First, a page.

Lesson 1The Energy Highs of a Roller CoasterDATA TABLE* create a color key for PE vs KESTEPVELOCITYm/sGraph representing Potential energy vs kinetic energy#1#2#3#4#5#64Energy

ActivityRubricSheetEQUATIONS :GradeGrade9 - 10AnalysisRefer to your data table and the equations above when answering the following questions.1 Which steps contain more potential energy compared to kinetic energy ?2 Assume the roller coaster cart has a mass of 800 kg and g 32 m/sIf the height of hill at step 1 is 80m :(show your work)a Calculate the PE :b Calculate KE:3 Calculate the KE at :a Step #2 :b Step #54 If Step #2 and Step #5 are both 100% KE, is the law of conservation of energy being violated ?Why or why not ?Chemistry - Physics5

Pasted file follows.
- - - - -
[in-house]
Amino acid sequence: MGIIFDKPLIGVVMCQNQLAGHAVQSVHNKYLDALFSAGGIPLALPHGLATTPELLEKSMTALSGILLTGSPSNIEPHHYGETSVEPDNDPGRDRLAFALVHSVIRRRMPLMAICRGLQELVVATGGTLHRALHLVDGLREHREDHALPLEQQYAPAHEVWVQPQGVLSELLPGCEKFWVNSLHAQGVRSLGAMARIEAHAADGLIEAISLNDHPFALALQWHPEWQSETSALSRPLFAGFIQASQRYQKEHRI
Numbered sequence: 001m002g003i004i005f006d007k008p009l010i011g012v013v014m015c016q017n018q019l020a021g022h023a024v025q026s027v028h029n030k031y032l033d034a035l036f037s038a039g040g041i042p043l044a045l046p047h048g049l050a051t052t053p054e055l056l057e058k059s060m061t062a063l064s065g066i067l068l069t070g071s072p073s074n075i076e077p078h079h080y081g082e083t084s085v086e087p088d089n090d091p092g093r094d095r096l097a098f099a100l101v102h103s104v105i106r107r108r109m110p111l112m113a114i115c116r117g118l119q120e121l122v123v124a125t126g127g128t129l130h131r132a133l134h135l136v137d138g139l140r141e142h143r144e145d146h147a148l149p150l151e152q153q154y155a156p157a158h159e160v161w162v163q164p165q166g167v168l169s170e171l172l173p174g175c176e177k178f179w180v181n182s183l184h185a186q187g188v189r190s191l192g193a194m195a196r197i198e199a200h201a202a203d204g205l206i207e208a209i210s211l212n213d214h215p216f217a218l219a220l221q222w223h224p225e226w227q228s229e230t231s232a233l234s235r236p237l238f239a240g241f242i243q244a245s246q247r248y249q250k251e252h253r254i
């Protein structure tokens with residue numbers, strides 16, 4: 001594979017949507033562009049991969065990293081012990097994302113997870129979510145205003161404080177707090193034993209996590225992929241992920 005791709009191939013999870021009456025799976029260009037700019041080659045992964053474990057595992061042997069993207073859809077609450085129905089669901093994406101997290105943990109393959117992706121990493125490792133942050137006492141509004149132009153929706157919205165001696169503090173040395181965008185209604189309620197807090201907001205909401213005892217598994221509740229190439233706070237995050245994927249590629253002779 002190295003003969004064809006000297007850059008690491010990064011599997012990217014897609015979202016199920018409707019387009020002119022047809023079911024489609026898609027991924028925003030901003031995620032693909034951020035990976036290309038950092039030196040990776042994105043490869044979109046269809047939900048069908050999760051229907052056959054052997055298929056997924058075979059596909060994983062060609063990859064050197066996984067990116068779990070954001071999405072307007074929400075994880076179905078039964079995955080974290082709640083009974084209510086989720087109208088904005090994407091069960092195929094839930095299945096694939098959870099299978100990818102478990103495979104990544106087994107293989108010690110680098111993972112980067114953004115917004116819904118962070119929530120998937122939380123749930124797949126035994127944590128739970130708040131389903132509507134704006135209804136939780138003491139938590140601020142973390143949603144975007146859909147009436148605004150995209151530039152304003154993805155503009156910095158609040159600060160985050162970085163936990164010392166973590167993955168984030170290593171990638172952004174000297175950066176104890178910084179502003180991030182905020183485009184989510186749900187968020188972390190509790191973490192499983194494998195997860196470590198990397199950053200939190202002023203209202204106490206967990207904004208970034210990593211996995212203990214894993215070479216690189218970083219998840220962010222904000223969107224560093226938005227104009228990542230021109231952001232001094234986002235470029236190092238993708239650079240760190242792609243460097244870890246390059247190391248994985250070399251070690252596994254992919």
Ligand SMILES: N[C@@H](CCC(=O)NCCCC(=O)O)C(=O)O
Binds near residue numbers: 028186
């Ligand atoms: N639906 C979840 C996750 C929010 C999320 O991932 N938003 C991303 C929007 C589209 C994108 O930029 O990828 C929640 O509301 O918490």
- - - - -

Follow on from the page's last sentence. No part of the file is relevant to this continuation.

Lesson 1The Energy Highs of a Roller Coaster5 Compare the velocities at Step #2 vs Step #5 and explain why they are different.6 Is it possible for the hill at Step #6 to be as high as the hill at Step #1 ?7 Why or why not ?8 Imagine you are making an animation of a roller coaster with a pie chart representing the total amount of potential andkinetic energy in the system. What are the cars doing as the section representing kinetic energy increases in size?9 The roller coaster in this interactive is a model. In real life, not all of the potential energy of the coaster cars is converted tokinetic energy and back again; some mechanical energy is converted to thermal energy. Describe how mechanical energygets converted to thermal energy along the track.10 How does this conversion affect the potential energy and kinetic energy during the ride?11 Think of an example from everyday life where potential energy is transformed into kinetic energy, or vice versa. Draw adiagram that illustrates the transformation, using the interactive activity as an example. Then describe the transformation. Forexample: When I carry a sled to the top of a snowy hill, the potential energy of the sled increases. As I stand with my sled atthe top of the hill, the kinetic energy is zero and the potential energy is at its maximum. As I slide down the hill, the potentialenergy of the sled decreases and its kinetic energy increases.6Energy